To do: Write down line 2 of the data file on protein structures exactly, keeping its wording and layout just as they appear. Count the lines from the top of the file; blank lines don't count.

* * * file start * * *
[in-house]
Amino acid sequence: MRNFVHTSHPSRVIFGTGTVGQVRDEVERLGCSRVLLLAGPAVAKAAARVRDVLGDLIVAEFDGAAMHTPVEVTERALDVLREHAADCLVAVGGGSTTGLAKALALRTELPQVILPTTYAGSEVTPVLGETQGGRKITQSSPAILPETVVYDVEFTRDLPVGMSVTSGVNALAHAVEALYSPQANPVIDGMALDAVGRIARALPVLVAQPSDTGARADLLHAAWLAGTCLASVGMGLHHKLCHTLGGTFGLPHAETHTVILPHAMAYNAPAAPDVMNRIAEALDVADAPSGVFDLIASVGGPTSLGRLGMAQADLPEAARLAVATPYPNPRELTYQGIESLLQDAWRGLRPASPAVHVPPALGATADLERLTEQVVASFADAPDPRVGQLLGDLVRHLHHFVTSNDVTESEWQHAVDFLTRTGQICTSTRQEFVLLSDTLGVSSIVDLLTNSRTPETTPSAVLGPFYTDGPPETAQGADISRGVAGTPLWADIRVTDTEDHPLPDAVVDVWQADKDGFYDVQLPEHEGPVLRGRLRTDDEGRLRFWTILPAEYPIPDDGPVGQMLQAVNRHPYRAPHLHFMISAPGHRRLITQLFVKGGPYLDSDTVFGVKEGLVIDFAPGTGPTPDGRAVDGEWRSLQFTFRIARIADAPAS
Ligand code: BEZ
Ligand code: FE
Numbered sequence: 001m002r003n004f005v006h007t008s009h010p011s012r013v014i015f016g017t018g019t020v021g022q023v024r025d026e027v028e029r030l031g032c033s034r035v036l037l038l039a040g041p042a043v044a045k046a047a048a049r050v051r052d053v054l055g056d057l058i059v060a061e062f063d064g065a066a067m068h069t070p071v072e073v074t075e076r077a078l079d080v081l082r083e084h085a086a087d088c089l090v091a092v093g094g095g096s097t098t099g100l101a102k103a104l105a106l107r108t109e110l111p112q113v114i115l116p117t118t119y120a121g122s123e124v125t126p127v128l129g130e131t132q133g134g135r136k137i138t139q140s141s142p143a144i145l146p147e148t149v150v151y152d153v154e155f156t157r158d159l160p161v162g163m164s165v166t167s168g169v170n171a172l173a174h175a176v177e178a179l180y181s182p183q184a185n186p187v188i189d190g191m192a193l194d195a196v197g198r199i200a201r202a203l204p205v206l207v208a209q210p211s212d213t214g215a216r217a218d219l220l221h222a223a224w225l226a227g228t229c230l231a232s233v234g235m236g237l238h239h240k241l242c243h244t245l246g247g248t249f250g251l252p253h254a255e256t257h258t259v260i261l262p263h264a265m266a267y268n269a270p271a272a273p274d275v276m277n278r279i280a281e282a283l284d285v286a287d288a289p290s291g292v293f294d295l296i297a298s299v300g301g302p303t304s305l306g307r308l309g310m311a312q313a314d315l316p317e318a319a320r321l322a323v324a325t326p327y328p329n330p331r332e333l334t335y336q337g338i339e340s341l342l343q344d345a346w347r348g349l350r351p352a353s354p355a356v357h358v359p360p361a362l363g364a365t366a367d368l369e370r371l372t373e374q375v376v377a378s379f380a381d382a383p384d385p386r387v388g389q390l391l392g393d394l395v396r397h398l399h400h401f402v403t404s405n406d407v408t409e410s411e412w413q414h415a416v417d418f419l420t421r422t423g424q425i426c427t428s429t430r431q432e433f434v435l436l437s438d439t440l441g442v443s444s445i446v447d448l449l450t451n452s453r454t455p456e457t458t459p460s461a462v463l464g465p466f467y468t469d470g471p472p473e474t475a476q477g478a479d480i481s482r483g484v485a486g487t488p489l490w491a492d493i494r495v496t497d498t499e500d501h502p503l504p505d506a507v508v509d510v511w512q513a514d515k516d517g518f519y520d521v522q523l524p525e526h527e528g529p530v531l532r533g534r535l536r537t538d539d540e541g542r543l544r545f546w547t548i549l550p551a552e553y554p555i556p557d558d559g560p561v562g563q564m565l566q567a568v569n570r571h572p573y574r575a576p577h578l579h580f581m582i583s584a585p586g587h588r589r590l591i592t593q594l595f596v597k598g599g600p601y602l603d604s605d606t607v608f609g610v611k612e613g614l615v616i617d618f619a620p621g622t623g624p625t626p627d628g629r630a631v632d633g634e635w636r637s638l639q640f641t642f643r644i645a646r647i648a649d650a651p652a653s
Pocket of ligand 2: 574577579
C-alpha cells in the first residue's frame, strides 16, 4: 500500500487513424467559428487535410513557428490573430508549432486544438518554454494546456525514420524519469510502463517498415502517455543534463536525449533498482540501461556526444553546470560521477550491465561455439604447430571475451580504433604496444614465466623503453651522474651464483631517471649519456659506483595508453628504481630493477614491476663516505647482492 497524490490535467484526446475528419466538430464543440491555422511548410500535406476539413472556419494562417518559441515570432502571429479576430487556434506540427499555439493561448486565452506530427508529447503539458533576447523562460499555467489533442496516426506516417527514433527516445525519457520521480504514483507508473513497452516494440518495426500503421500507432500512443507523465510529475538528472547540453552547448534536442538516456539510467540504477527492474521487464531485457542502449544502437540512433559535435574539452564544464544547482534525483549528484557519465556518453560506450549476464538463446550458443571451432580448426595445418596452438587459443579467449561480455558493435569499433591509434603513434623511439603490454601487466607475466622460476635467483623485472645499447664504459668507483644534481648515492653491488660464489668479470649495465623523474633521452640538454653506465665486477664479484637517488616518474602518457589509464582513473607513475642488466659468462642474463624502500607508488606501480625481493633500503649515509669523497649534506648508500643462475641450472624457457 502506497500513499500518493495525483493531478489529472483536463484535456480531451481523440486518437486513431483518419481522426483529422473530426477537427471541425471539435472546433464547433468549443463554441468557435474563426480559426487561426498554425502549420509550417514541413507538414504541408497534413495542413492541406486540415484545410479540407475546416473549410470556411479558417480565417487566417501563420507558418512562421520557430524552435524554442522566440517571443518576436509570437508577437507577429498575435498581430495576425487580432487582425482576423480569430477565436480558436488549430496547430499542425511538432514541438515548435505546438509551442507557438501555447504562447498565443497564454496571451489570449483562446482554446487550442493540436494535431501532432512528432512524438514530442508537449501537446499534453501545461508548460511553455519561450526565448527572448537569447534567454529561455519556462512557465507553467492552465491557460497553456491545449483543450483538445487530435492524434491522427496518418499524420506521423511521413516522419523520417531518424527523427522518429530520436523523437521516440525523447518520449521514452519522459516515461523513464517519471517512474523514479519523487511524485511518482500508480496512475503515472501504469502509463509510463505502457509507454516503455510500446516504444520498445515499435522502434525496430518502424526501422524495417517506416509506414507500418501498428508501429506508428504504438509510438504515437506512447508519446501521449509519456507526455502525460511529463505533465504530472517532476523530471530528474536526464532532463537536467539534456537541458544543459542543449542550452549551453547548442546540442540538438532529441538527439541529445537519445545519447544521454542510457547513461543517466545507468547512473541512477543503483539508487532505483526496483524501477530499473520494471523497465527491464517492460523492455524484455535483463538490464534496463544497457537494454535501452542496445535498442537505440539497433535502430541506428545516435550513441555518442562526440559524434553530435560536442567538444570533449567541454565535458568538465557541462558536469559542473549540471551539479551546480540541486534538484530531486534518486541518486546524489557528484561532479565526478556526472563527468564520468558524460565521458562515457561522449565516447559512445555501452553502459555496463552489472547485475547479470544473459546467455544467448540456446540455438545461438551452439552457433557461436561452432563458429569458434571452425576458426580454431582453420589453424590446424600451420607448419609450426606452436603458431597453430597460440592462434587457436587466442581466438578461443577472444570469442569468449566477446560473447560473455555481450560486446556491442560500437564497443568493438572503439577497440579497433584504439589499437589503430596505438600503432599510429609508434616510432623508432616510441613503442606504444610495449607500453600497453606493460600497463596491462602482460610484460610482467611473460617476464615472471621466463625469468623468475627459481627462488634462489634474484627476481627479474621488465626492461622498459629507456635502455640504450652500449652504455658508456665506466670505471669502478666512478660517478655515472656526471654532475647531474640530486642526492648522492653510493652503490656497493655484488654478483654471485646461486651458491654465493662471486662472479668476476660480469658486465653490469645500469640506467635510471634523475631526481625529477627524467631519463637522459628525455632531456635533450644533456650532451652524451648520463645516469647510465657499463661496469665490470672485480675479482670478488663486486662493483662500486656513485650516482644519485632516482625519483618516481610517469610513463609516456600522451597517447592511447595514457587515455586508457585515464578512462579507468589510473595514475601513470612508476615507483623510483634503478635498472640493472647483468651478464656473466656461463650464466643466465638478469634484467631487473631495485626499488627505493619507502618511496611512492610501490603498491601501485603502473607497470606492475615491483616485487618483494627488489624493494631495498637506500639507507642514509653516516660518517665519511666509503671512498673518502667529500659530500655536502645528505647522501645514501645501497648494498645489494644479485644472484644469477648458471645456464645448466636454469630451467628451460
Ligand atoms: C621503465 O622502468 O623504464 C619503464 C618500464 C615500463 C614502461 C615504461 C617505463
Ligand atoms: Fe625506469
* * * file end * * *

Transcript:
Amino acid sequence: MRNFVHTSHPSRVIFGTGTVGQVRDEVERLGCSRVLLLAGPAVAKAAARVRDVLGDLIVAEFDGAAMHTPVEVTERALDVLREHAADCLVAVGGGSTTGLAKALALRTELPQVILPTTYAGSEVTPVLGETQGGRKITQSSPAILPETVVYDVEFTRDLPVGMSVTSGVNALAHAVEALYSPQANPVIDGMALDAVGRIARALPVLVAQPSDTGARADLLHAAWLAGTCLASVGMGLHHKLCHTLGGTFGLPHAETHTVILPHAMAYNAPAAPDVMNRIAEALDVADAPSGVFDLIASVGGPTSLGRLGMAQADLPEAARLAVATPYPNPRELTYQGIESLLQDAWRGLRPASPAVHVPPALGATADLERLTEQVVASFADAPDPRVGQLLGDLVRHLHHFVTSNDVTESEWQHAVDFLTRTGQICTSTRQEFVLLSDTLGVSSIVDLLTNSRTPETTPSAVLGPFYTDGPPETAQGADISRGVAGTPLWADIRVTDTEDHPLPDAVVDVWQADKDGFYDVQLPEHEGPVLRGRLRTDDEGRLRFWTILPAEYPIPDDGPVGQMLQAVNRHPYRAPHLHFMISAPGHRRLITQLFVKGGPYLDSDTVFGVKEGLVIDFAPGTGPTPDGRAVDGEWRSLQFTFRIARIADAPAS